(The diary will be removed from the site and returned to your drafts for further editing.)
(The diary will be removed.)
Are you sure you want to save these changes to the published diary?

Comment Preferences

  •  Marcy Wheeler, from yesterday (7/14)... (18+ / 0-)

    Latest Catch-22 For US Military: Training Iraqi Troops Too Dangerous Due to Previous “Training”

    Published July 14, 2014 | By Jim White, @

    The abject failure of US efforts to train troops in Iraq and Afghanistan has been one of my most frequent topics. Even though the US mission in Iraq has officially ended and the mission in Afghanistan is mired in a surreal form of purgatory as the government re-invents it vote auditing procedure and even the structure of its government, the US military just can’t kick its addiction to training and is now contemplating yet another attempt at training Iraqi troops.

    The New York Times tries to come to the aid of the military this morning with a front page story dedicated to re-starting the training process. The problem though, is that as the Times dives into the idea, it becomes apparent that our previous failures in training may have made it too dangerous to start (and, of course, fail again, but the Times doesn’t go there) the process yet again. That danger even makes it into the headline: “US Sees Risks in Assisting a Compromised Iraqi Force“.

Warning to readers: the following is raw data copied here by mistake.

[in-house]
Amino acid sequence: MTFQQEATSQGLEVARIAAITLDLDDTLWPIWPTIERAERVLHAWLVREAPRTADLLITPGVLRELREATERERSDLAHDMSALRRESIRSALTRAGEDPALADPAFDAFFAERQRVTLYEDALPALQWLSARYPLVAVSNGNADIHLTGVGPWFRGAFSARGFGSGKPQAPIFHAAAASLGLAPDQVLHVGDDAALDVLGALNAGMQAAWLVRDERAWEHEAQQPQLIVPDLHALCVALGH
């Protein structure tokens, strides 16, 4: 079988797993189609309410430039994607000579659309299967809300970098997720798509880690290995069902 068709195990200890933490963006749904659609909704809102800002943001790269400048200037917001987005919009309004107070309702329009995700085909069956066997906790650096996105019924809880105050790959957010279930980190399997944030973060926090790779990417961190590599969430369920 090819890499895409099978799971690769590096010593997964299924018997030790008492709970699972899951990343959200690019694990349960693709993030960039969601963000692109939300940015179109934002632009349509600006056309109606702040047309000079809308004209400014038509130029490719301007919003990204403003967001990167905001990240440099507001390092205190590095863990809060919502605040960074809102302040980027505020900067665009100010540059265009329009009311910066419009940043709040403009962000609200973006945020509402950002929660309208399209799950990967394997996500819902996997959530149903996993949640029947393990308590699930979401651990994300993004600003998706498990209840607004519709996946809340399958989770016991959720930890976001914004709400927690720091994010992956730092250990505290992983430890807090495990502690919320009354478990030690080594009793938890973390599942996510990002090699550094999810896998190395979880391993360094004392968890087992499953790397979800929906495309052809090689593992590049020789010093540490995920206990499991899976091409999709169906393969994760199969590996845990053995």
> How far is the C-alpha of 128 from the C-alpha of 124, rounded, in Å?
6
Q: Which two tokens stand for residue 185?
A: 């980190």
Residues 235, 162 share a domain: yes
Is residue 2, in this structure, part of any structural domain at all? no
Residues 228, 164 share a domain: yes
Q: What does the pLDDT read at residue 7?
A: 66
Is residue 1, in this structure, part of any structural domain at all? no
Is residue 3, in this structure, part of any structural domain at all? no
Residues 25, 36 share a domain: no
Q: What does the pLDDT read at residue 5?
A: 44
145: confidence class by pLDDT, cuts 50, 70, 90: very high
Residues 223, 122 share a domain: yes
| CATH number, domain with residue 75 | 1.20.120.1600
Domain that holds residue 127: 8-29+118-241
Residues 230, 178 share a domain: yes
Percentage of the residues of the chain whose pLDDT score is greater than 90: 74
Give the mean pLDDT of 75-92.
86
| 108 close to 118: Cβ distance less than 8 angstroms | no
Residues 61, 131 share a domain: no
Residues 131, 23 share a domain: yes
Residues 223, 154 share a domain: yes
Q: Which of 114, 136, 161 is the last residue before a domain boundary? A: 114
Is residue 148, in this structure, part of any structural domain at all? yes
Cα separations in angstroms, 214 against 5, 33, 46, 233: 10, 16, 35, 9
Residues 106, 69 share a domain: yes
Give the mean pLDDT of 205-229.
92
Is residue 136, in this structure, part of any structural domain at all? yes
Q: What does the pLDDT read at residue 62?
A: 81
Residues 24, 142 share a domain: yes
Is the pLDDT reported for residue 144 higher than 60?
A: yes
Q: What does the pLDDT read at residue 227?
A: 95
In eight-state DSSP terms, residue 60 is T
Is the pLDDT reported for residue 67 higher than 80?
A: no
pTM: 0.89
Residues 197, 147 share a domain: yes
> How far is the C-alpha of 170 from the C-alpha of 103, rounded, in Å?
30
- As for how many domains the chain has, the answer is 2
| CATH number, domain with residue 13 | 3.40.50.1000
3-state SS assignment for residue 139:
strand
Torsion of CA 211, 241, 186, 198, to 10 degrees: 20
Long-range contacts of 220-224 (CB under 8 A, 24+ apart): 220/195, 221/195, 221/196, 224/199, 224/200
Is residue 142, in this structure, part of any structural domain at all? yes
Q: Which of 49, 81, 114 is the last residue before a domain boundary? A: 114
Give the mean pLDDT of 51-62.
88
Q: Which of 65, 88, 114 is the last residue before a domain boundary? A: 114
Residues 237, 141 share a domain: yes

The story opens:

    A classified military assessment of Iraq’s security forces concludes that many units are so deeply infiltrated by either Sunni extremist informants or Shiite personnel backed by Iran that any Americans assigned to advise Baghdad’s forces could face risks to their safety, according to United States officials.

    The report concludes that only about half of Iraq’s operational units are capable enough for American commandos to advise them if the White House decides to help roll back the advances made by Sunni militants in northern and western Iraq over the past month.

    Imagine that. Despite eight years of work and over $25 billion invested, two and a half years after we left Iraq only about half of Iraq’s units are even fit enough for the US to advise them in an effort to take on their latest existential threat...

    …So when we left, Maliki supplemented his military with the very Shiite militias that US forces had been fighting. At least one reason for Maliki’s move was that these militias knew how to fight and the troops the US trained were useless. Those militias have been trained by Iran…

    "I always thought if you worked hard enough and tried hard enough, things would work out. I was wrong." --Katharine Graham

    by bobswern on Tue Jul 15, 2014 at 02:05:01 PM PDT